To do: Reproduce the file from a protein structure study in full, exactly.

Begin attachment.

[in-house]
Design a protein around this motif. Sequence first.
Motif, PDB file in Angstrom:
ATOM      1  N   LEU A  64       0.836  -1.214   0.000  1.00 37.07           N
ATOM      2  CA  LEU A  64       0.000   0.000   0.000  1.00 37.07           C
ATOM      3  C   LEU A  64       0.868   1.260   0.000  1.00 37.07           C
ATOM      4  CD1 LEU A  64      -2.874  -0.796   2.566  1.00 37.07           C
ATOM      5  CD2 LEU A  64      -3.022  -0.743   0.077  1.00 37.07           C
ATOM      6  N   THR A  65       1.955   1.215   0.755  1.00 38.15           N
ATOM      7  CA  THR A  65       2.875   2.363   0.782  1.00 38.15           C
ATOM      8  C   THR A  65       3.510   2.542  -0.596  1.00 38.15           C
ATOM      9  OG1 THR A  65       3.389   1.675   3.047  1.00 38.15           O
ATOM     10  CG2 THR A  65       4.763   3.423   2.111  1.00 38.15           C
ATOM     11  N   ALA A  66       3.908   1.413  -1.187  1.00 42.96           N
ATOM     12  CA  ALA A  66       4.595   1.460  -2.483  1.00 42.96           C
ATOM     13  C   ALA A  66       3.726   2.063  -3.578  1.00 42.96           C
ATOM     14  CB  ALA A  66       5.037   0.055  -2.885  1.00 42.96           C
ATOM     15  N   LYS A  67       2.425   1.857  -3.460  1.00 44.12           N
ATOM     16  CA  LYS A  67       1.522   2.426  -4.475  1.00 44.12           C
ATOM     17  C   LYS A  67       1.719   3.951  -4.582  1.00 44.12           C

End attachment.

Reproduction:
[in-house]
Design a protein around this motif. Sequence first.
Motif, PDB file in Angstrom:
ATOM      1  N   LEU A  64       0.836  -1.214   0.000  1.00 37.07           N
ATOM      2  CA  LEU A  64       0.000   0.000   0.000  1.00 37.07           C
ATOM      3  C   LEU A  64       0.868   1.260   0.000  1.00 37.07           C
ATOM      4  CD1 LEU A  64      -2.874  -0.796   2.566  1.00 37.07           C
ATOM      5  CD2 LEU A  64      -3.022  -0.743   0.077  1.00 37.07           C
ATOM      6  N   THR A  65       1.955   1.215   0.755  1.00 38.15           N
ATOM      7  CA  THR A  65       2.875   2.363   0.782  1.00 38.15           C
ATOM      8  C   THR A  65       3.510   2.542  -0.596  1.00 38.15           C
ATOM      9  OG1 THR A  65       3.389   1.675   3.047  1.00 38.15           O
ATOM     10  CG2 THR A  65       4.763   3.423   2.111  1.00 38.15           C
ATOM     11  N   ALA A  66       3.908   1.413  -1.187  1.00 42.96           N
ATOM     12  CA  ALA A  66       4.595   1.460  -2.483  1.00 42.96           C
ATOM     13  C   ALA A  66       3.726   2.063  -3.578  1.00 42.96           C
ATOM     14  CB  ALA A  66       5.037   0.055  -2.885  1.00 42.96           C
ATOM     15  N   LYS A  67       2.425   1.857  -3.460  1.00 44.12           N
ATOM     16  CA  LYS A  67       1.522   2.426  -4.475  1.00 44.12           C
ATOM     17  C   LYS A  67       1.719   3.951  -4.582  1.00 44.12           C